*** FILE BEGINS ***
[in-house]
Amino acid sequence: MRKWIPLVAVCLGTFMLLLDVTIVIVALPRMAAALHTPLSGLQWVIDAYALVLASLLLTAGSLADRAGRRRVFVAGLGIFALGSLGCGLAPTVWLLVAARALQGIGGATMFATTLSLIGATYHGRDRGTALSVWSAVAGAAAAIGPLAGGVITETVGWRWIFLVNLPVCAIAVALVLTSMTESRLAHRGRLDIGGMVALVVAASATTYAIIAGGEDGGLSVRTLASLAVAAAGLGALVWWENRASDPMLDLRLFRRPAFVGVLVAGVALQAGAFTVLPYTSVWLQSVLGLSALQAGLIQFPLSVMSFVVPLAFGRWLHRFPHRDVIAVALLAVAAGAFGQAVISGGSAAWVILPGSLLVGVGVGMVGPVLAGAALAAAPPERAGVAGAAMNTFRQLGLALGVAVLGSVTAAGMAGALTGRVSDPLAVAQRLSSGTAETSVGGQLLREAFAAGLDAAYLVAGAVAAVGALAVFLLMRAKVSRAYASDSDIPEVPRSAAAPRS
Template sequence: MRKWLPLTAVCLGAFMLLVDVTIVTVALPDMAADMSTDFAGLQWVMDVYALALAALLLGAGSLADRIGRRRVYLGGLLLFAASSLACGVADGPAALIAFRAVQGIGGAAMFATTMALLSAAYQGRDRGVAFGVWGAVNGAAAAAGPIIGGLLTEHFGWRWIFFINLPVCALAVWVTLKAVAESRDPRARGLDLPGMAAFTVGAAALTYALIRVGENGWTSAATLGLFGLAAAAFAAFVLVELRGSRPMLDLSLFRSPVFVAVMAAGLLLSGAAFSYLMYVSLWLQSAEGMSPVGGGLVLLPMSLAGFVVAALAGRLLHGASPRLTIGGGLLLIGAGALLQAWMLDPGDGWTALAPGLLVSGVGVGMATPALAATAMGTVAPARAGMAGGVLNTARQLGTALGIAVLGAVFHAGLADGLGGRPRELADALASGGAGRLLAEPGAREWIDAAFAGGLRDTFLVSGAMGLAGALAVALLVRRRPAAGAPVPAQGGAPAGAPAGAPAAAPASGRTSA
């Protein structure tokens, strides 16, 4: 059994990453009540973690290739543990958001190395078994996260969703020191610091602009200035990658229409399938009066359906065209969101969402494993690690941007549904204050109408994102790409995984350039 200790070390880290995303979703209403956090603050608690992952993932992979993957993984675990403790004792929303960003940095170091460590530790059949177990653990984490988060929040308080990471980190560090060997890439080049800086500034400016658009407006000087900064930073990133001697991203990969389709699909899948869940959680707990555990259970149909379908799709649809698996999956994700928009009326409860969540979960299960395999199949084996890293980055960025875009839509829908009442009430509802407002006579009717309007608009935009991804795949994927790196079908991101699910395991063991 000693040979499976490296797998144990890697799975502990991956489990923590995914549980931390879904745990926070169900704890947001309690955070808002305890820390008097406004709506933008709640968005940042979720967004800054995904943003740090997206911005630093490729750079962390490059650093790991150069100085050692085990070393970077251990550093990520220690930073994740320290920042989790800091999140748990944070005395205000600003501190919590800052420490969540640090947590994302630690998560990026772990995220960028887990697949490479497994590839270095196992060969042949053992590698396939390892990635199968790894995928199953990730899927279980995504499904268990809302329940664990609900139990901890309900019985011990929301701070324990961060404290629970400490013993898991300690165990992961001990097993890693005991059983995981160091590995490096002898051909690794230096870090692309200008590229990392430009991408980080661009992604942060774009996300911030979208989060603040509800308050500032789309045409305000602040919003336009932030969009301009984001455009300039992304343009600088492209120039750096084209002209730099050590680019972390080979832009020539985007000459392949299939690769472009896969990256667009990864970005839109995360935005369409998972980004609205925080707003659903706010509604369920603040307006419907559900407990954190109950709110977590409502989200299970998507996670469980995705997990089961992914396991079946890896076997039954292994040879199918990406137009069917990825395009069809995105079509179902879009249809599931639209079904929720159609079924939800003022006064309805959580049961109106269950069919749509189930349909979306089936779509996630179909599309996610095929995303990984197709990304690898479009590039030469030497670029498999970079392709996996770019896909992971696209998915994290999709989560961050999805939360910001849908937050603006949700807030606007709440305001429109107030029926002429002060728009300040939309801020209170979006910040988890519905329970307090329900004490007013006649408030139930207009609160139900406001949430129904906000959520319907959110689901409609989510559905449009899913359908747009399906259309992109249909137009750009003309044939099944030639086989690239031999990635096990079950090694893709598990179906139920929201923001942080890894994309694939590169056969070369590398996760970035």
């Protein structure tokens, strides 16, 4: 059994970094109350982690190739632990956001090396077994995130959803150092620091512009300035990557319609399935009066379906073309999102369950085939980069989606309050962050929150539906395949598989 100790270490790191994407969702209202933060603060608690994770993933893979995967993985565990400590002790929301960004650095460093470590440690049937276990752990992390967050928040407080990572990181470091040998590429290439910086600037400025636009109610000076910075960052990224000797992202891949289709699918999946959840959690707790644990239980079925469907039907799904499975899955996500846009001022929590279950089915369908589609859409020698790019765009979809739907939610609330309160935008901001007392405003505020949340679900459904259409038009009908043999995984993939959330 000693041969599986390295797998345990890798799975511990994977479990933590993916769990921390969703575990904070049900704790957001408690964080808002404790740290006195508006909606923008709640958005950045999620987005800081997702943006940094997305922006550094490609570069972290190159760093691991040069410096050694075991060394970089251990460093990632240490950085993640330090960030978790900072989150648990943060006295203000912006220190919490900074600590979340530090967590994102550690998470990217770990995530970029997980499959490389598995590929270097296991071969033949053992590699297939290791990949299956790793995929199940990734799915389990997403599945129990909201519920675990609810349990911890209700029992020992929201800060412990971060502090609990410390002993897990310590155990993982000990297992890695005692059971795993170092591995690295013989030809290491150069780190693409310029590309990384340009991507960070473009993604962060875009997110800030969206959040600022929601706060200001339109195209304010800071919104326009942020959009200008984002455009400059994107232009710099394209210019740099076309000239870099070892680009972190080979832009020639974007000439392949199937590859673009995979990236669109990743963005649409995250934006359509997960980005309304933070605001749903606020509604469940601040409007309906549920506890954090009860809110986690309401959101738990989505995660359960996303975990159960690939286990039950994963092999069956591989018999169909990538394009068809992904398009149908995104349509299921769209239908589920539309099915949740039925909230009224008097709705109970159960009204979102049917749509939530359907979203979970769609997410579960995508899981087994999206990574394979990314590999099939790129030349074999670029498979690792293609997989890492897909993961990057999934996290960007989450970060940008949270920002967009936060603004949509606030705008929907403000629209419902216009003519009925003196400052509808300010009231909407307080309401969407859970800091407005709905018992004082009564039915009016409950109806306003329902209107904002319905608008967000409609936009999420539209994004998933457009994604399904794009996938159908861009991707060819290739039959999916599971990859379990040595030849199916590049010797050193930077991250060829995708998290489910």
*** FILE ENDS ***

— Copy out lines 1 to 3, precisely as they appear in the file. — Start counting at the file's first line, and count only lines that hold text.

[in-house]
Amino acid sequence: MRKWIPLVAVCLGTFMLLLDVTIVIVALPRMAAALHTPLSGLQWVIDAYALVLASLLLTAGSLADRAGRRRVFVAGLGIFALGSLGCGLAPTVWLLVAARALQGIGGATMFATTLSLIGATYHGRDRGTALSVWSAVAGAAAAIGPLAGGVITETVGWRWIFLVNLPVCAIAVALVLTSMTESRLAHRGRLDIGGMVALVVAASATTYAIIAGGEDGGLSVRTLASLAVAAAGLGALVWWENRASDPMLDLRLFRRPAFVGVLVAGVALQAGAFTVLPYTSVWLQSVLGLSALQAGLIQFPLSVMSFVVPLAFGRWLHRFPHRDVIAVALLAVAAGAFGQAVISGGSAAWVILPGSLLVGVGVGMVGPVLAGAALAAAPPERAGVAGAAMNTFRQLGLALGVAVLGSVTAAGMAGALTGRVSDPLAVAQRLSSGTAETSVGGQLLREAFAAGLDAAYLVAGAVAAVGALAVFLLMRAKVSRAYASDSDIPEVPRSAAAPRS
Template sequence: MRKWLPLTAVCLGAFMLLVDVTIVTVALPDMAADMSTDFAGLQWVMDVYALALAALLLGAGSLADRIGRRRVYLGGLLLFAASSLACGVADGPAALIAFRAVQGIGGAAMFATTMALLSAAYQGRDRGVAFGVWGAVNGAAAAAGPIIGGLLTEHFGWRWIFFINLPVCALAVWVTLKAVAESRDPRARGLDLPGMAAFTVGAAALTYALIRVGENGWTSAATLGLFGLAAAAFAAFVLVELRGSRPMLDLSLFRSPVFVAVMAAGLLLSGAAFSYLMYVSLWLQSAEGMSPVGGGLVLLPMSLAGFVVAALAGRLLHGASPRLTIGGGLLLIGAGALLQAWMLDPGDGWTALAPGLLVSGVGVGMATPALAATAMGTVAPARAGMAGGVLNTARQLGTALGIAVLGAVFHAGLADGLGGRPRELADALASGGAGRLLAEPGAREWIDAAFAGGLRDTFLVSGAMGLAGALAVALLVRRRPAAGAPVPAQGGAPAGAPAGAPAAAPASGRTSA